provided version 1.14 by default."

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  8. We all think Kubernetes is "going away" but
    it's hard to tell what it will look like in 3 years
    • Will it be defined by the application model?
    • Will it be defined by the application packaging and delivery?
    • Will it be defined by the service mesh?
    • Will it be driven by paradigms such as event-driven, dataflow, etc.?
    • Will it be driven by where the applications and data live?
    • Will it be driven by innovation in the underlying virtualization and
    container technologies?
    • Will it just be "servicefied" by a handful of service providers and
    that's it?

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  9. Predictions in the wild
    • Part-time developers such as business analysts, data analysts and data
    scientists to double in five years (as a reference, there's 40M people on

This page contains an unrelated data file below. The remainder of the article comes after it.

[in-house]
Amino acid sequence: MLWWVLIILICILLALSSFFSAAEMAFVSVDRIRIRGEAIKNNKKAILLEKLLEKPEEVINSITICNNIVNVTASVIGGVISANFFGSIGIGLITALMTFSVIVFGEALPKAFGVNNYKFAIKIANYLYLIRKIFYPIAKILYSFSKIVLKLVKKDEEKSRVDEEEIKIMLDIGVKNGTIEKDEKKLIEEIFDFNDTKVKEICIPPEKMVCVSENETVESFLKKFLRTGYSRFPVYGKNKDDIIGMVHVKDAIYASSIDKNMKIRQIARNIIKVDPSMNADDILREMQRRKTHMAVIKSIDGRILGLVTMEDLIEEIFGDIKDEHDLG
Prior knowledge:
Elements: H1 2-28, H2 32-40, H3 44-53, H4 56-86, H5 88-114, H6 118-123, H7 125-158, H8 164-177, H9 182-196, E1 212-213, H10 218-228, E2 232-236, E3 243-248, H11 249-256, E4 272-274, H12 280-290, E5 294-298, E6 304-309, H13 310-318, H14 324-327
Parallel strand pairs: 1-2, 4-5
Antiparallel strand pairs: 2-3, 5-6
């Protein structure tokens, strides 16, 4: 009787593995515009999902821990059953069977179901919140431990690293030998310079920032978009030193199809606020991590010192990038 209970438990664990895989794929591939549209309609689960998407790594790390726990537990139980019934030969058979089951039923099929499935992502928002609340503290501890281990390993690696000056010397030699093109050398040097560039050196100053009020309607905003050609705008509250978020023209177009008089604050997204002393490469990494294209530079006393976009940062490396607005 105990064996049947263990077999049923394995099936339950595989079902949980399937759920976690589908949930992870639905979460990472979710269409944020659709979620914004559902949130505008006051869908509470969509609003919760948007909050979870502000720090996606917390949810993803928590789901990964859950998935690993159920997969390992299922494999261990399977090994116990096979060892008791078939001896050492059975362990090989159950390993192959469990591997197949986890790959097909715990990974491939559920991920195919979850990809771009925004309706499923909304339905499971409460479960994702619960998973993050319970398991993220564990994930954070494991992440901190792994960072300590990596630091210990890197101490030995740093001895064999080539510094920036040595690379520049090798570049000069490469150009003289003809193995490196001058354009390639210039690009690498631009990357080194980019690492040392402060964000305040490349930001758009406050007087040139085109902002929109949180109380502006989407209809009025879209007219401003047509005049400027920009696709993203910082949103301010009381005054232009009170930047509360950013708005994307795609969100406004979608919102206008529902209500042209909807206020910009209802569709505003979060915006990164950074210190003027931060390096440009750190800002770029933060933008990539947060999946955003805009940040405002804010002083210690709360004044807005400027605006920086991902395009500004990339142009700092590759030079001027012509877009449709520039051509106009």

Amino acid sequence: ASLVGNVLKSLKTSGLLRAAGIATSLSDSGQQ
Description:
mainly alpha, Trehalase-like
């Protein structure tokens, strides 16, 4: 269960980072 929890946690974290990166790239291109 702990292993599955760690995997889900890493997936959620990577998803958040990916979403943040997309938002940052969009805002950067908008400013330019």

GitHub, but only 25M devs according to Evans Data...)
    • By 2024, low-code application development will be responsible for more
    than 65% of application development activity (Gartner)
    • Use of open source software from public repositories used to
    build enterprise apps to double, and...
    • By 2023, 60% of the G2000 enterprises will have created their own software
    ecosystem, while 90% will use publicly accessible community repositories to access
    reusable code components (IDC)
    • By 2023, 60% of the G2000 will have a digital developer ecosystem with thousands of
    developers; half of those enterprises will drive 20%+ of digital revenue through their
    digital ecosystem/platform (also read)

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  10. Stuff I'm watching...
    • We can still do better at persisting state
    • From operators et al to File systems unfit as distributed storage backends
    • Confidential computing and enclaves
    • sgx-lkl
    • Software supply chain security and Kubernetes
    • How data flows in and out of pods, licensing, model pedigree...
    • Kubernetes operators that are bringing learnings to Linux
    • Yelp's ClusterMan, Canonical's Dqlite, HashiCorp's Nomad, Kong's Kuma,